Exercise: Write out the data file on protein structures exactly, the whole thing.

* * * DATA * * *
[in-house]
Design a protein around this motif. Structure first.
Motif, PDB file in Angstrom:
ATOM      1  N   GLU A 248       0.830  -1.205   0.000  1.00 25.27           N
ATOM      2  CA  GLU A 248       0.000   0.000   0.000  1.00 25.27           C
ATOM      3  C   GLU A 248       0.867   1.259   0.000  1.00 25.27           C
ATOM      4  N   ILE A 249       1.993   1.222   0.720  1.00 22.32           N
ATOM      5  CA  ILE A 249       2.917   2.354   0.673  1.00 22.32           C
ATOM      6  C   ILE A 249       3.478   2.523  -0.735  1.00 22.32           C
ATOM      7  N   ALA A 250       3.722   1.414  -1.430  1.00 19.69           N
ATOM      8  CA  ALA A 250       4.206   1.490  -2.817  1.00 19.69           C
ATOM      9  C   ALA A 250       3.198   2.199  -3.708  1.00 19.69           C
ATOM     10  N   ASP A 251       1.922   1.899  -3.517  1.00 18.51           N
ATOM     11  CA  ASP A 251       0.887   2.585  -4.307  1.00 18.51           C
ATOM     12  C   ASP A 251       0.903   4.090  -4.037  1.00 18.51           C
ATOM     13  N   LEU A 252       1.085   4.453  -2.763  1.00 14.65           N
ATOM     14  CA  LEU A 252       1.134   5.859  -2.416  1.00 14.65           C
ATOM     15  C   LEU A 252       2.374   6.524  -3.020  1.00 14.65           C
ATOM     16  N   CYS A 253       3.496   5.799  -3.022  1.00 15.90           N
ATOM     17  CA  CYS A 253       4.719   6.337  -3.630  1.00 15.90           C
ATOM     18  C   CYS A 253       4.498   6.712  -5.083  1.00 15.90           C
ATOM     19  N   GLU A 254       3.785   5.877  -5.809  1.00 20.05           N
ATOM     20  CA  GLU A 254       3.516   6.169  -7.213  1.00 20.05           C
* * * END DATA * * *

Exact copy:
[in-house]
Design a protein around this motif. Structure first.
Motif, PDB file in Angstrom:
ATOM      1  N   GLU A 248       0.830  -1.205   0.000  1.00 25.27           N
ATOM      2  CA  GLU A 248       0.000   0.000   0.000  1.00 25.27           C
ATOM      3  C   GLU A 248       0.867   1.259   0.000  1.00 25.27           C
ATOM      4  N   ILE A 249       1.993   1.222   0.720  1.00 22.32           N
ATOM      5  CA  ILE A 249       2.917   2.354   0.673  1.00 22.32           C
ATOM      6  C   ILE A 249       3.478   2.523  -0.735  1.00 22.32           C
ATOM      7  N   ALA A 250       3.722   1.414  -1.430  1.00 19.69           N
ATOM      8  CA  ALA A 250       4.206   1.490  -2.817  1.00 19.69           C
ATOM      9  C   ALA A 250       3.198   2.199  -3.708  1.00 19.69           C
ATOM     10  N   ASP A 251       1.922   1.899  -3.517  1.00 18.51           N
ATOM     11  CA  ASP A 251       0.887   2.585  -4.307  1.00 18.51           C
ATOM     12  C   ASP A 251       0.903   4.090  -4.037  1.00 18.51           C
ATOM     13  N   LEU A 252       1.085   4.453  -2.763  1.00 14.65           N
ATOM     14  CA  LEU A 252       1.134   5.859  -2.416  1.00 14.65           C
ATOM     15  C   LEU A 252       2.374   6.524  -3.020  1.00 14.65           C
ATOM     16  N   CYS A 253       3.496   5.799  -3.022  1.00 15.90           N
ATOM     17  CA  CYS A 253       4.719   6.337  -3.630  1.00 15.90           C
ATOM     18  C   CYS A 253       4.498   6.712  -5.083  1.00 15.90           C
ATOM     19  N   GLU A 254       3.785   5.877  -5.809  1.00 20.05           N
ATOM     20  CA  GLU A 254       3.516   6.169  -7.213  1.00 20.05           C